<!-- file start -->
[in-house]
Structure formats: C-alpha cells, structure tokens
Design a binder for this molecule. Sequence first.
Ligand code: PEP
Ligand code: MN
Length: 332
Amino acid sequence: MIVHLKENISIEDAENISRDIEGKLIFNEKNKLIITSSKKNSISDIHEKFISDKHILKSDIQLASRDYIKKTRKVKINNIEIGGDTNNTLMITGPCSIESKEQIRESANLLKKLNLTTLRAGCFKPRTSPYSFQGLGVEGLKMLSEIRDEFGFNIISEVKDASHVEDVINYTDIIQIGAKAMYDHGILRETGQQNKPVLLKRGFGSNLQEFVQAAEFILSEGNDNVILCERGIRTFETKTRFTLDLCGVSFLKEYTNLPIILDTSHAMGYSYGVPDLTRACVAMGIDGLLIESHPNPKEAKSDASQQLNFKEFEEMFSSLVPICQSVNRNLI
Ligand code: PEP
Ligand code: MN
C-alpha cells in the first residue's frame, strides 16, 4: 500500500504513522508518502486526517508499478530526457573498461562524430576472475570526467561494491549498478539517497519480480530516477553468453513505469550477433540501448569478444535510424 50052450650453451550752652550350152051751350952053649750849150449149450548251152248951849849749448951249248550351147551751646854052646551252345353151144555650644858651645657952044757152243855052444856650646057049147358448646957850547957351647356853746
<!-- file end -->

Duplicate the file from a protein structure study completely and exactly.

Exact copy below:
[in-house]
Structure formats: C-alpha cells, structure tokens
Design a binder for this molecule. Sequence first.
Ligand code: PEP
Ligand code: MN
Length: 332
Amino acid sequence: MIVHLKENISIEDAENISRDIEGKLIFNEKNKLIITSSKKNSISDIHEKFISDKHILKSDIQLASRDYIKKTRKVKINNIEIGGDTNNTLMITGPCSIESKEQIRESANLLKKLNLTTLRAGCFKPRTSPYSFQGLGVEGLKMLSEIRDEFGFNIISEVKDASHVEDVINYTDIIQIGAKAMYDHGILRETGQQNKPVLLKRGFGSNLQEFVQAAEFILSEGNDNVILCERGIRTFETKTRFTLDLCGVSFLKEYTNLPIILDTSHAMGYSYGVPDLTRACVAMGIDGLLIESHPNPKEAKSDASQQLNFKEFEEMFSSLVPICQSVNRNLI
Ligand code: PEP
Ligand code: MN
C-alpha cells in the first residue's frame, strides 16, 4: 500500500504513522508518502486526517508499478530526457573498461562524430576472475570526467561494491549498478539517497519480480530516477553468453513505469550477433540501448569478444535510424 50052450650453451550752652550350152051751350952053649750849150449149450548251152248951849849749448951249248550351147551751646854052646551252345353151144555650644858651645657952044757152243855052444856650646057049147358448646957850547957351647356853746